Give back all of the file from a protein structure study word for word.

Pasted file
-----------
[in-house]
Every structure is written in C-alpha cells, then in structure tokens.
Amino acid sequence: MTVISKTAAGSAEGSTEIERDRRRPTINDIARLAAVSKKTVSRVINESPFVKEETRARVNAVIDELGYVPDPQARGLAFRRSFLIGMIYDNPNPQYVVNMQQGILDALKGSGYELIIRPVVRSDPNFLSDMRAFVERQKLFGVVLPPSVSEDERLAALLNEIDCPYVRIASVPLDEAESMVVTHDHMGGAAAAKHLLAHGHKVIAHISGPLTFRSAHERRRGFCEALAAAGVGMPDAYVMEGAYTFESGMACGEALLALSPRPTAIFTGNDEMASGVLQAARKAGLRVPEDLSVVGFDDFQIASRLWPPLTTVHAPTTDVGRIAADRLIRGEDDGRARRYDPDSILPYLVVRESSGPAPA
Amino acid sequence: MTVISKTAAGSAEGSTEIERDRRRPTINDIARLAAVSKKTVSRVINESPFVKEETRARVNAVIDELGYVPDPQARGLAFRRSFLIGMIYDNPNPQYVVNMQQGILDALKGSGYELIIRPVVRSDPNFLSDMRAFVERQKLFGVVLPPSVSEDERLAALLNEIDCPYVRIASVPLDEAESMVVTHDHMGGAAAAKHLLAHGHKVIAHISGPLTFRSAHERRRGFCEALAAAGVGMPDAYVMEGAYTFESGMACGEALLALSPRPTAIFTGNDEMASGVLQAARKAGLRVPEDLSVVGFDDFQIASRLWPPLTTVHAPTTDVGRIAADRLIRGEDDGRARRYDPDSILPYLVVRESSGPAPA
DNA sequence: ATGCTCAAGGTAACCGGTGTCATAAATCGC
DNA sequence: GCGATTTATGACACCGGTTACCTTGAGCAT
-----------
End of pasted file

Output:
[in-house]
Every structure is written in C-alpha cells, then in structure tokens.
Amino acid sequence: MTVISKTAAGSAEGSTEIERDRRRPTINDIARLAAVSKKTVSRVINESPFVKEETRARVNAVIDELGYVPDPQARGLAFRRSFLIGMIYDNPNPQYVVNMQQGILDALKGSGYELIIRPVVRSDPNFLSDMRAFVERQKLFGVVLPPSVSEDERLAALLNEIDCPYVRIASVPLDEAESMVVTHDHMGGAAAAKHLLAHGHKVIAHISGPLTFRSAHERRRGFCEALAAAGVGMPDAYVMEGAYTFESGMACGEALLALSPRPTAIFTGNDEMASGVLQAARKAGLRVPEDLSVVGFDDFQIASRLWPPLTTVHAPTTDVGRIAADRLIRGEDDGRARRYDPDSILPYLVVRESSGPAPA
Amino acid sequence: MTVISKTAAGSAEGSTEIERDRRRPTINDIARLAAVSKKTVSRVINESPFVKEETRARVNAVIDELGYVPDPQARGLAFRRSFLIGMIYDNPNPQYVVNMQQGILDALKGSGYELIIRPVVRSDPNFLSDMRAFVERQKLFGVVLPPSVSEDERLAALLNEIDCPYVRIASVPLDEAESMVVTHDHMGGAAAAKHLLAHGHKVIAHISGPLTFRSAHERRRGFCEALAAAGVGMPDAYVMEGAYTFESGMACGEALLALSPRPTAIFTGNDEMASGVLQAARKAGLRVPEDLSVVGFDDFQIASRLWPPLTTVHAPTTDVGRIAADRLIRGEDDGRARRYDPDSILPYLVVRESSGPAPA
DNA sequence: ATGCTCAAGGTAACCGGTGTCATAAATCGC
DNA sequence: GCGATTTATGACACCGGTTACCTTGAGCAT